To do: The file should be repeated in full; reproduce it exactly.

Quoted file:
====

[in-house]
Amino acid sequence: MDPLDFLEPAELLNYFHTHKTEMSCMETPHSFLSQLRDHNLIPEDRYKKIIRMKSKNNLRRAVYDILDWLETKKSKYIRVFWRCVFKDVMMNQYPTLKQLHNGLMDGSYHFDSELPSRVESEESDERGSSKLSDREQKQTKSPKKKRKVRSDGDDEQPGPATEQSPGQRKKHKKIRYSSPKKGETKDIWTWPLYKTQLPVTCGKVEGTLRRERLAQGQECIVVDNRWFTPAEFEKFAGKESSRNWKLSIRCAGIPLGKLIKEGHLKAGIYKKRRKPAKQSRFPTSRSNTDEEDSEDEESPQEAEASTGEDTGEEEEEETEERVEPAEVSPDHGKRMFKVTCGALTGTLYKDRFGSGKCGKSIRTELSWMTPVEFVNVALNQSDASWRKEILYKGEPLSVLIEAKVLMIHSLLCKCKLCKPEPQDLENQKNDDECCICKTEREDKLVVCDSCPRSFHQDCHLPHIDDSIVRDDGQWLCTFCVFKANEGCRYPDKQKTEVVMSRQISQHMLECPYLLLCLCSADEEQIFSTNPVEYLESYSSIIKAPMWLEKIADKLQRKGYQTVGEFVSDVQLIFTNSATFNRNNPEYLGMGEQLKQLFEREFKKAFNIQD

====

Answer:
[in-house]
Amino acid sequence: MDPLDFLEPAELLNYFHTHKTEMSCMETPHSFLSQLRDHNLIPEDRYKKIIRMKSKNNLRRAVYDILDWLETKKSKYIRVFWRCVFKDVMMNQYPTLKQLHNGLMDGSYHFDSELPSRVESEESDERGSSKLSDREQKQTKSPKKKRKVRSDGDDEQPGPATEQSPGQRKKHKKIRYSSPKKGETKDIWTWPLYKTQLPVTCGKVEGTLRRERLAQGQECIVVDNRWFTPAEFEKFAGKESSRNWKLSIRCAGIPLGKLIKEGHLKAGIYKKRRKPAKQSRFPTSRSNTDEEDSEDEESPQEAEASTGEDTGEEEEEETEERVEPAEVSPDHGKRMFKVTCGALTGTLYKDRFGSGKCGKSIRTELSWMTPVEFVNVALNQSDASWRKEILYKGEPLSVLIEAKVLMIHSLLCKCKLCKPEPQDLENQKNDDECCICKTEREDKLVVCDSCPRSFHQDCHLPHIDDSIVRDDGQWLCTFCVFKANEGCRYPDKQKTEVVMSRQISQHMLECPYLLLCLCSADEEQIFSTNPVEYLESYSSIIKAPMWLEKIADKLQRKGYQTVGEFVSDVQLIFTNSATFNRNNPEYLGMGEQLKQLFEREFKKAFNIQD